Justice Minister Delroy Chuck is vowing to take the justice system into a new era of accountability arguing that lack of resources should not be used as an excuse for poor performance in the system. He fired back at critics who disagreed with his call for improved turnaround times in disposing of cases and writing judgments. The Minister was speaking at a sensitization session for corporate area communities at Justice Complex on Saturday October 29.
“I know my jurisdiction. I know my limits, but we will have to set timelines. It is unacceptable that even simple matters that do not need adjudication such as Divorce and Probate are being held up because the files are sitting on somebody’s desk. People want to get on with their lives and there is no good reason for these matters to be unresolved after several months or years,” the Minister declared.
The Minister gave the one hundred attendees several reasons why the justice system must be improved including preventing anarchy, improving trust and confidence between the government and the governed as well as contributing to economic growth. “A well functioning justice system is the most effective deterrent to crime and violence and this is important because you do not want people to resort to jungle justice but rather we want them to rely on the justice system even though there are shortcomings in the system”
Minister Chuck admitted that the government had an indispensable responsibility to provide the enabling environment for a robust, effective and efficient system and outlined many of the improvements that have been made under the justice transformation programme, namely; the establishment of the Special Coroner to speed up the investigation of cases of deaths involving agents of the State; the increase in the civil jurisdiction of Parish Courts from $250,000 to one million dollars which enables more citizens to enforce their legal claims closer to their home community, the establishment of a Western Civil Registry for the Supreme Court in St. James and the rehabilitation of Public Building North (former NCB building Downtown Kingston) to provide seven court rooms, nine judges’ chambers, four Maters’ Chambers, six hearing rooms and three Registries. “That is a first world facility that we have at the Supreme Court, he said.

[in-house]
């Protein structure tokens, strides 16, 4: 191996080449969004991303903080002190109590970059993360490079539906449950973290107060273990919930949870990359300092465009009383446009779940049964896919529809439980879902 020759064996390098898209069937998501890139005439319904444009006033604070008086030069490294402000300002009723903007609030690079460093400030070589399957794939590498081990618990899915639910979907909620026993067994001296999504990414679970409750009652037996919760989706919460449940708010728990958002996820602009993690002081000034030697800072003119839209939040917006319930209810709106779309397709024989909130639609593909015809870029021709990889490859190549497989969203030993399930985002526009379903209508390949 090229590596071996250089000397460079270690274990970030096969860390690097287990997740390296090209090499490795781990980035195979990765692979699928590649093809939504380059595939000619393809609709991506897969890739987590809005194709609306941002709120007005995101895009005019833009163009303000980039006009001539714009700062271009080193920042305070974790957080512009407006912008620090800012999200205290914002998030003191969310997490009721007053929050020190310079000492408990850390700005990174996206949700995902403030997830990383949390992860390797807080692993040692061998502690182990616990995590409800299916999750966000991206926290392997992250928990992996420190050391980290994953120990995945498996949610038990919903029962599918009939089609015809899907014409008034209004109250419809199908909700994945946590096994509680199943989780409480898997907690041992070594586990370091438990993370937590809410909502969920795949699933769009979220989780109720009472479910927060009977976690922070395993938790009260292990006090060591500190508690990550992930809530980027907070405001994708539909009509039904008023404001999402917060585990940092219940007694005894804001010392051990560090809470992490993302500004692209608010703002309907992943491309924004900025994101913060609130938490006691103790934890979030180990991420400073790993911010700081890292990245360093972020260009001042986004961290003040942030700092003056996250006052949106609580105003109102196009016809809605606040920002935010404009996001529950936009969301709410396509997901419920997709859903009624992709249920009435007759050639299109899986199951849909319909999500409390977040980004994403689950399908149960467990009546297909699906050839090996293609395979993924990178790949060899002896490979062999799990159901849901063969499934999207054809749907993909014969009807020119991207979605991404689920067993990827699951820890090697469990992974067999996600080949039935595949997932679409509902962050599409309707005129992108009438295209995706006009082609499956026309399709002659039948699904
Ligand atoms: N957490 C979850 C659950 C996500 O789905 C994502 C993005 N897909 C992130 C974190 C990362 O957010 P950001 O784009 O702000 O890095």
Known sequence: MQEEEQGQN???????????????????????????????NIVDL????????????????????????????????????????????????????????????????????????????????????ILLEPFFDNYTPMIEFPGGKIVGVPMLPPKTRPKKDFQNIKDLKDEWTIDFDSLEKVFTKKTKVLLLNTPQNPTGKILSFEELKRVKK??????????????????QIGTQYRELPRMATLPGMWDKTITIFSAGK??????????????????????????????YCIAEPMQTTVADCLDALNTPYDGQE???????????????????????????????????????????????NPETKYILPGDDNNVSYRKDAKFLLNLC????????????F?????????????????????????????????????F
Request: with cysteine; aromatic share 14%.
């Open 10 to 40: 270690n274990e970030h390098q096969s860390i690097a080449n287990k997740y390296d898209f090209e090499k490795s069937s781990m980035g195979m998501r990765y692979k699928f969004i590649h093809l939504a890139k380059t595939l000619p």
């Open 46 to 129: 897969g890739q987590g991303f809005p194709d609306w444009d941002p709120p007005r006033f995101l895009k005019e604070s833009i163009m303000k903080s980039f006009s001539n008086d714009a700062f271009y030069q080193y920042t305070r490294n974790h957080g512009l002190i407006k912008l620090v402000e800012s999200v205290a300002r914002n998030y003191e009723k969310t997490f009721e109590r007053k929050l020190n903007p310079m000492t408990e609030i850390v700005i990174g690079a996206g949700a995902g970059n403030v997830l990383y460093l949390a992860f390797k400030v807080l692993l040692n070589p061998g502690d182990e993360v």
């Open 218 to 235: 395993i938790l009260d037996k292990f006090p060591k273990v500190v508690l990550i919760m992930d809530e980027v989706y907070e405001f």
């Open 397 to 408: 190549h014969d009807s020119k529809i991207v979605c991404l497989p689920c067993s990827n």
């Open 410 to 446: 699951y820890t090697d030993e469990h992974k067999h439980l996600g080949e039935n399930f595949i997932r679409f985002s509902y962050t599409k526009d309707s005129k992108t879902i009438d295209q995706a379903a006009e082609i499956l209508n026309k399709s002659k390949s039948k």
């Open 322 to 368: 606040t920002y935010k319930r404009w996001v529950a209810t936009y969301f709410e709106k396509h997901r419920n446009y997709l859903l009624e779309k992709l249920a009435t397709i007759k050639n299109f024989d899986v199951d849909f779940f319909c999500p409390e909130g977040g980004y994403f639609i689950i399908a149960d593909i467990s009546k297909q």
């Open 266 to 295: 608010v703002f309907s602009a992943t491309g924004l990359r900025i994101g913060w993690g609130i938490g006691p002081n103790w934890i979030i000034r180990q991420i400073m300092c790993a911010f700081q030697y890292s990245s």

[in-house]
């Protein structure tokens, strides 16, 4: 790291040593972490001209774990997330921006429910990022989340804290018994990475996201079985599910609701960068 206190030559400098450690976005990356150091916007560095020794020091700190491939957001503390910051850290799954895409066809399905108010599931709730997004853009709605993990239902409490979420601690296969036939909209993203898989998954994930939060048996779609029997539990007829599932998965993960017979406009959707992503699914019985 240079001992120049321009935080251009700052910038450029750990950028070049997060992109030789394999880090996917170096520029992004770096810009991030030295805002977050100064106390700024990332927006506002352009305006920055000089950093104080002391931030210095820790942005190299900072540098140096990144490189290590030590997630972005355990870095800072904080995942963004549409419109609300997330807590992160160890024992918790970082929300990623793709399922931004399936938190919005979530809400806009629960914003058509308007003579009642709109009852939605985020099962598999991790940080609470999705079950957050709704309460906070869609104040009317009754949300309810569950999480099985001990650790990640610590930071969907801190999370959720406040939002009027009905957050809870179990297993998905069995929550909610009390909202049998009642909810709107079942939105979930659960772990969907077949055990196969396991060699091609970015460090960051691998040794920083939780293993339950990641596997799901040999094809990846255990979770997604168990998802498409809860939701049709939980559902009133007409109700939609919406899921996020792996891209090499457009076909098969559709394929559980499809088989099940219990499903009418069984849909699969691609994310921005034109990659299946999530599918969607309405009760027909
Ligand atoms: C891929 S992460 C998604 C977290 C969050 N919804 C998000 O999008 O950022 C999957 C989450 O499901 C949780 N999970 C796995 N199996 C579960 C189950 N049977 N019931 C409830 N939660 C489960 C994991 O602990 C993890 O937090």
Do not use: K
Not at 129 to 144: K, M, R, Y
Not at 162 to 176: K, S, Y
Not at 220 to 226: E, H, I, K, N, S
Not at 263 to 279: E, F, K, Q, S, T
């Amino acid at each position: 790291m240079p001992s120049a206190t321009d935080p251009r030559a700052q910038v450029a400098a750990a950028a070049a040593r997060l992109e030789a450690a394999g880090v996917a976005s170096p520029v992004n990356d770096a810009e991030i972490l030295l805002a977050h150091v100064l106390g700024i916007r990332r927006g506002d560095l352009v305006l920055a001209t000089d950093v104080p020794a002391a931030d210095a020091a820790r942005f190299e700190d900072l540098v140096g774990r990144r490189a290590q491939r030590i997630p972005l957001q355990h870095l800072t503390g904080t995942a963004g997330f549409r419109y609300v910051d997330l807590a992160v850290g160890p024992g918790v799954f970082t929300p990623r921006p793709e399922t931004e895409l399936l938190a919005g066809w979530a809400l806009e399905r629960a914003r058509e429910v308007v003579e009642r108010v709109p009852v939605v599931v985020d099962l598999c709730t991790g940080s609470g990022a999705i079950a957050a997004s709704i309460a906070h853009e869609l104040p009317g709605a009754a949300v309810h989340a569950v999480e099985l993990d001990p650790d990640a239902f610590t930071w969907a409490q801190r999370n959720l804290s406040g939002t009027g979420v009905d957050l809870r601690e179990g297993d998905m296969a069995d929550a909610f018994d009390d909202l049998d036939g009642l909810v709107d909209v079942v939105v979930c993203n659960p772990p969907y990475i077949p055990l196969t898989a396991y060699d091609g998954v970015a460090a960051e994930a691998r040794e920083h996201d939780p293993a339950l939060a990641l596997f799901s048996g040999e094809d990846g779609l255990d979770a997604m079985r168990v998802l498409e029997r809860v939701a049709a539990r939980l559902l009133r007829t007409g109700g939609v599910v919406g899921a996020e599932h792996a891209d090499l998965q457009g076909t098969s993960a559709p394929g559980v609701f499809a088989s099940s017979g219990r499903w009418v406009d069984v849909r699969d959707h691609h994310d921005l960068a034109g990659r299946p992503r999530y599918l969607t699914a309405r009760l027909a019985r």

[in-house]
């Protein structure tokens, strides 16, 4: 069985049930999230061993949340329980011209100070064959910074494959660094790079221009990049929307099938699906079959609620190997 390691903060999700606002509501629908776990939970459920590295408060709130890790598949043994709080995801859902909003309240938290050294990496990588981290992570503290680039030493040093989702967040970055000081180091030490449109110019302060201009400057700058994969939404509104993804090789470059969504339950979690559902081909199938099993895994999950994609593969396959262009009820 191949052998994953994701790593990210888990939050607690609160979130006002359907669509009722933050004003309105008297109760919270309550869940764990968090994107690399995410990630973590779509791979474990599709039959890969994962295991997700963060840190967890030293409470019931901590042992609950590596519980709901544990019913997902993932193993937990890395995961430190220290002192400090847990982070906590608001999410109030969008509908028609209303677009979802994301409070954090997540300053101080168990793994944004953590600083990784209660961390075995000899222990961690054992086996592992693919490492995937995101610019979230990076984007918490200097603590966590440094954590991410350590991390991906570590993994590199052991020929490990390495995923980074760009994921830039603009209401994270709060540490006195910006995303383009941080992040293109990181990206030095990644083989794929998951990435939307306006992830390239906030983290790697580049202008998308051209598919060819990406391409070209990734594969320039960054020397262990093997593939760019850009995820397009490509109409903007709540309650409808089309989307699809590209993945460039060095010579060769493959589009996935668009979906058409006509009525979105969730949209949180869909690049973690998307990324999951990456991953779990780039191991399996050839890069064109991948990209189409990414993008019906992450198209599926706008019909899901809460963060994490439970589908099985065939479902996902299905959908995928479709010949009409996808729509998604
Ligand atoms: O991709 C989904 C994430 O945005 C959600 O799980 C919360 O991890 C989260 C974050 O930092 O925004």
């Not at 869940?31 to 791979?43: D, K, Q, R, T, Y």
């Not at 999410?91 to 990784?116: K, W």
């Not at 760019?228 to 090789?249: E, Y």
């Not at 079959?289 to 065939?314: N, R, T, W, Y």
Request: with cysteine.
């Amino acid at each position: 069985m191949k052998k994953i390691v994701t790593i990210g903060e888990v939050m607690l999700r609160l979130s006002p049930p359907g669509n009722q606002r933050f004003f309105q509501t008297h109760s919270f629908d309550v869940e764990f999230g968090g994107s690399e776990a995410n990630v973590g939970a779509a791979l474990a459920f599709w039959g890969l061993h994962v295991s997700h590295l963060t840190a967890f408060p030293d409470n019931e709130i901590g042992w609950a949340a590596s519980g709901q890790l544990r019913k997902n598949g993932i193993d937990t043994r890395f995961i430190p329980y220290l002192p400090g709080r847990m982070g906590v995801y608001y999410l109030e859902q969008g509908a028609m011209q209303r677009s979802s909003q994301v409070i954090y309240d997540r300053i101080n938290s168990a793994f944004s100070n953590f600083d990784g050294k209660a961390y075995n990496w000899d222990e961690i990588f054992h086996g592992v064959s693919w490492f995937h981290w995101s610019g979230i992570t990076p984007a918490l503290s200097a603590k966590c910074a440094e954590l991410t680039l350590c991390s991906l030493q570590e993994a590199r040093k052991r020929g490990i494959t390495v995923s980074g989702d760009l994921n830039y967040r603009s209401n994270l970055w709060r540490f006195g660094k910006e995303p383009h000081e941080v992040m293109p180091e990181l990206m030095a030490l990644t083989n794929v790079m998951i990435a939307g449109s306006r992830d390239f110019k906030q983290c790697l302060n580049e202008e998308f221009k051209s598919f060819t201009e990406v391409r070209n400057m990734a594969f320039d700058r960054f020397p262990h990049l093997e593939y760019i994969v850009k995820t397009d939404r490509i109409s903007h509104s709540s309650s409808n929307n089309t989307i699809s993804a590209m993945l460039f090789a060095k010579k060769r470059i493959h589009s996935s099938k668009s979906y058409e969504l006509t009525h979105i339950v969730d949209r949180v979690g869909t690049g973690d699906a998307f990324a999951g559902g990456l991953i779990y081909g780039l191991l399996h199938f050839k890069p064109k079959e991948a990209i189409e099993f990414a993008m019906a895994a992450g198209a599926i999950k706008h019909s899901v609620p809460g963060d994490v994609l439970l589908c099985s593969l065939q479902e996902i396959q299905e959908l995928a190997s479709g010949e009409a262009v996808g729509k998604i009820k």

The Justice Ministry is holding sensitization sessions for leaders drawn from communities across Jamaica to encourage them to become active in the justice system as it moves toward a multi-door approach to justice. The sessions started in September and since then close to 2,000 community leaders have been sensitized